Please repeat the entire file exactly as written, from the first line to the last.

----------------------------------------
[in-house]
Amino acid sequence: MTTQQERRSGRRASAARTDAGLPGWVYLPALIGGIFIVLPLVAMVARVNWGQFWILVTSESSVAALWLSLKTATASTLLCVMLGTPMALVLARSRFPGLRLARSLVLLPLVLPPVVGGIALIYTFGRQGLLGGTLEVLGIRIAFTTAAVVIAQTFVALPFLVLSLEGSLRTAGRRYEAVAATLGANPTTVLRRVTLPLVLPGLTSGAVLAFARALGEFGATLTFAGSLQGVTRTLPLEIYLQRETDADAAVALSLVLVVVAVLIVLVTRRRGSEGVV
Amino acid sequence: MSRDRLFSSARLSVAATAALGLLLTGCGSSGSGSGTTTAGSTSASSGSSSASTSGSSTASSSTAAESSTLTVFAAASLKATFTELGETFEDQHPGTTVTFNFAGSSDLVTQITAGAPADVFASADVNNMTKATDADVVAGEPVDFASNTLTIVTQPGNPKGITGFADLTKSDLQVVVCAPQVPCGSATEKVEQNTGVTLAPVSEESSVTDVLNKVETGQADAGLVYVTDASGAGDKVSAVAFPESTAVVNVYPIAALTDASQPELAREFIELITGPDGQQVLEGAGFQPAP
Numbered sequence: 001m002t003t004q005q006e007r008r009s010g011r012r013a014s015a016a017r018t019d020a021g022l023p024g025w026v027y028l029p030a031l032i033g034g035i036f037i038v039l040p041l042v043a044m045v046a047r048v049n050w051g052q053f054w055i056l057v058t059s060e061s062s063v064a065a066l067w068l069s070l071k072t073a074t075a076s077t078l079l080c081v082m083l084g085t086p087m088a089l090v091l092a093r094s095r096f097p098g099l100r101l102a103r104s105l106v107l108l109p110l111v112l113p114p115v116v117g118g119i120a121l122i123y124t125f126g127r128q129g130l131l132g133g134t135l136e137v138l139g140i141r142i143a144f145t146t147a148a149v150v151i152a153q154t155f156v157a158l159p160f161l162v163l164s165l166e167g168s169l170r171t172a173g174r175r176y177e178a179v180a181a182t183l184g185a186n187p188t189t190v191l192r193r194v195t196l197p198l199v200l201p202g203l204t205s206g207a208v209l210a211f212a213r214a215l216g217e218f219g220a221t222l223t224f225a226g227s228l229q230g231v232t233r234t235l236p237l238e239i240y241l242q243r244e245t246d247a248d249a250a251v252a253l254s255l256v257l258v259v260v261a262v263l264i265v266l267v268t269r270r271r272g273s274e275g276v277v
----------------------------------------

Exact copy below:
[in-house]
Amino acid sequence: MTTQQERRSGRRASAARTDAGLPGWVYLPALIGGIFIVLPLVAMVARVNWGQFWILVTSESSVAALWLSLKTATASTLLCVMLGTPMALVLARSRFPGLRLARSLVLLPLVLPPVVGGIALIYTFGRQGLLGGTLEVLGIRIAFTTAAVVIAQTFVALPFLVLSLEGSLRTAGRRYEAVAATLGANPTTVLRRVTLPLVLPGLTSGAVLAFARALGEFGATLTFAGSLQGVTRTLPLEIYLQRETDADAAVALSLVLVVVAVLIVLVTRRRGSEGVV
Amino acid sequence: MSRDRLFSSARLSVAATAALGLLLTGCGSSGSGSGTTTAGSTSASSGSSSASTSGSSTASSSTAAESSTLTVFAAASLKATFTELGETFEDQHPGTTVTFNFAGSSDLVTQITAGAPADVFASADVNNMTKATDADVVAGEPVDFASNTLTIVTQPGNPKGITGFADLTKSDLQVVVCAPQVPCGSATEKVEQNTGVTLAPVSEESSVTDVLNKVETGQADAGLVYVTDASGAGDKVSAVAFPESTAVVNVYPIAALTDASQPELAREFIELITGPDGQQVLEGAGFQPAP
Numbered sequence: 001m002t003t004q005q006e007r008r009s010g011r012r013a014s015a016a017r018t019d020a021g022l023p024g025w026v027y028l029p030a031l032i033g034g035i036f037i038v039l040p041l042v043a044m045v046a047r048v049n050w051g052q053f054w055i056l057v058t059s060e061s062s063v064a065a066l067w068l069s070l071k072t073a074t075a076s077t078l079l080c081v082m083l084g085t086p087m088a089l090v091l092a093r094s095r096f097p098g099l100r101l102a103r104s105l106v107l108l109p110l111v112l113p114p115v116v117g118g119i120a121l122i123y124t125f126g127r128q129g130l131l132g133g134t135l136e137v138l139g140i141r142i143a144f145t146t147a148a149v150v151i152a153q154t155f156v157a158l159p160f161l162v163l164s165l166e167g168s169l170r171t172a173g174r175r176y177e178a179v180a181a182t183l184g185a186n187p188t189t190v191l192r193r194v195t196l197p198l199v200l201p202g203l204t205s206g207a208v209l210a211f212a213r214a215l216g217e218f219g220a221t222l223t224f225a226g227s228l229q230g231v232t233r234t235l236p237l238e239i240y241l242q243r244e245t246d247a248d249a250a251v252a253l254s255l256v257l258v259v260v261a262v263l264i265v266l267v268t269r270r271r272g273s274e275g276v277v